Environmental crimes comprise illegal activities that harm the environment to the benefit of individuals or groups. They include trade in protected wild species of plants and animals, overexploitation of forests, illegal fishing in seas and oceans, trade in toxic wastes and hazardous materials, depletion of natural resources beyond their capacity to regenerate, as well as pollution of air, soil and water.

Although environmental crimes are prevalent all over the world, few countries have clearly incorporated them into national legislation and established deterrent penalties, thereby facilitating impunity.

The European Union countries have made great progress during the last two decades in incorporating many environmental offenses within criminal offenses punishable by law. This was accompanied by the strengthening of cooperation among customs authorities in controlling the movement of freight with countries outside the European Union and within the EU itself, expanding the scope beyond traditional contraband, such as drugs.

The environmental report recently issued by EUROPOL, the regional European equivalent of Interpol, is evidence of the growing interest of EU countries in environmental crimes. The report, entitled Environmental Crime in the Age of Climate Change, highlights the dangers of environmental crimes to Europe, as well as on long-term climate commitments. The report found that illegal environmental activities are attracting increasing interest from traditional criminal networks, seeking to recycle their dirty money in areas that are more difficult to detect, under the cover of legitimate industrial and commercial activities.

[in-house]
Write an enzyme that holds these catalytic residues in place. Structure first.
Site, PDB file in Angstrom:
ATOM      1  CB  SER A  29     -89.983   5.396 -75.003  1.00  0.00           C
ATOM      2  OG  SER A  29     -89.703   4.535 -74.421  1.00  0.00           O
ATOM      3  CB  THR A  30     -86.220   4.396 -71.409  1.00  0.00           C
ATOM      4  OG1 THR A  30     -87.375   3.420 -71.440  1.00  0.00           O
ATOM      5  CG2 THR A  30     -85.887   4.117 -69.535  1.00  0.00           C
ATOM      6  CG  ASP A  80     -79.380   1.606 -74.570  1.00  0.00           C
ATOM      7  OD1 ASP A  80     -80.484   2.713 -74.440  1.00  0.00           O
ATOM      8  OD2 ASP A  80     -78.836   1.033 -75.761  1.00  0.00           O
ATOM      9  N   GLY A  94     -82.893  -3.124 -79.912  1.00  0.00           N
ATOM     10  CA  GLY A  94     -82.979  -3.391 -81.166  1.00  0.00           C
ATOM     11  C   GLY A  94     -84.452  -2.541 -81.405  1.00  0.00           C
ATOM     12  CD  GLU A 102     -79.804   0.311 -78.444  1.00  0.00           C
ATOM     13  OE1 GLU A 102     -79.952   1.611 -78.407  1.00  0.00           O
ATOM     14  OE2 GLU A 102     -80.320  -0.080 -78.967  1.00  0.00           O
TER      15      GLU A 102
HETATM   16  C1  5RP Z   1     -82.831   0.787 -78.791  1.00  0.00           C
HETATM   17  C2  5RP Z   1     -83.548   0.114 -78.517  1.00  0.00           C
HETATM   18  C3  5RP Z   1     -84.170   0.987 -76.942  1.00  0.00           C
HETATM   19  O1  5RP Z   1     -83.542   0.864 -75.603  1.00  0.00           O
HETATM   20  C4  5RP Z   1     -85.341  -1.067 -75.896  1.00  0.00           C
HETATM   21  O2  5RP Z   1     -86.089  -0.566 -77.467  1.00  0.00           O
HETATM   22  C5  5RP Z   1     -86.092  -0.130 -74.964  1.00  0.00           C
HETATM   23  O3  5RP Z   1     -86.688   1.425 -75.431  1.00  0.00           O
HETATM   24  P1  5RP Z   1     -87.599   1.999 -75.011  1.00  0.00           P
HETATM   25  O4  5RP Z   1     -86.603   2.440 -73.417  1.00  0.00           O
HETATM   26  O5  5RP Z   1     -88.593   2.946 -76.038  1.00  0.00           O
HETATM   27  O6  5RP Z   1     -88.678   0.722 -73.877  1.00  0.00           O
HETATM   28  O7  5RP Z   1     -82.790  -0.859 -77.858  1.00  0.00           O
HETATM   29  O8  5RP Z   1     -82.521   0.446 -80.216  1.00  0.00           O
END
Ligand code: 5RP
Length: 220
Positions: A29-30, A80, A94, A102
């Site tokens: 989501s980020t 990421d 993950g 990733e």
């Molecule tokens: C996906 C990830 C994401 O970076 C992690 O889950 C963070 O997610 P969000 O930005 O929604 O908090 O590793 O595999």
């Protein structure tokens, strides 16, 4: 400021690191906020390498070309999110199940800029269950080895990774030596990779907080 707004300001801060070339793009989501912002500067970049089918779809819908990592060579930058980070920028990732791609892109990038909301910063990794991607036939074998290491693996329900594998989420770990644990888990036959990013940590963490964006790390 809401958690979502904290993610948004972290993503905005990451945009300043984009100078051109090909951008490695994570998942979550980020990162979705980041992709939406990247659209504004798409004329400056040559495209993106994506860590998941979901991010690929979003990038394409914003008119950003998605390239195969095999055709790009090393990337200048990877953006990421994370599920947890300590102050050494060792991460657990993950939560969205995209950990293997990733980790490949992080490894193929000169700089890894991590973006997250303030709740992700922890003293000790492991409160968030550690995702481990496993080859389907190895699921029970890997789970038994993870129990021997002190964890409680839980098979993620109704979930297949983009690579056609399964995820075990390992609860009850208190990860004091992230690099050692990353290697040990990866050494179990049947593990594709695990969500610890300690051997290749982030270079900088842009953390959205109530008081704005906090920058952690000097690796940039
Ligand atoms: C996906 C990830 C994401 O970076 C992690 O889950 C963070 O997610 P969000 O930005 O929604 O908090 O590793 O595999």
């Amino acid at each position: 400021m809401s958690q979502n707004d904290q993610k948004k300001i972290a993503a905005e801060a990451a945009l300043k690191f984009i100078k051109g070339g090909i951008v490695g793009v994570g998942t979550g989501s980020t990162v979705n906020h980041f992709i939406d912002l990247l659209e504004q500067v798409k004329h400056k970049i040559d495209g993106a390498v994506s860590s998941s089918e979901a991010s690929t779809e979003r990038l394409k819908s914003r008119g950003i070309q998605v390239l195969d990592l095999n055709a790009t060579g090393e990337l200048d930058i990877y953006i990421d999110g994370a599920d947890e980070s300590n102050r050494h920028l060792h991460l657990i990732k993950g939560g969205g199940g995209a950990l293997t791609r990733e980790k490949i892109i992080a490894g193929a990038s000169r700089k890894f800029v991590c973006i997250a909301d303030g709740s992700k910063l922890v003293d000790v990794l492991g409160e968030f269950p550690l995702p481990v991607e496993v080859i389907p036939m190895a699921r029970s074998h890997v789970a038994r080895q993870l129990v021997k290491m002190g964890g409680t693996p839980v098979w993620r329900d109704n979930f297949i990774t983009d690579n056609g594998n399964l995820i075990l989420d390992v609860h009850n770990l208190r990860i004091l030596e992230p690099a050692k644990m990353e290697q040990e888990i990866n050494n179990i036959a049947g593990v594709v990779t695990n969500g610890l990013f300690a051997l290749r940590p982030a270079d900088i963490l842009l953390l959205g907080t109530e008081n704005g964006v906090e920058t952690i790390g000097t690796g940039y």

Examples are many, such as hazardous and toxic wastes being transported by companies operating under the guise of “waste management”, and buried in corrupt countries that lack laws to prevent these practices. Another example is of fishing companies which deplete marine resources through over exploitation. Those are joined on land by criminal timber companies which cut protected trees indiscriminately, thus destroying forest balance.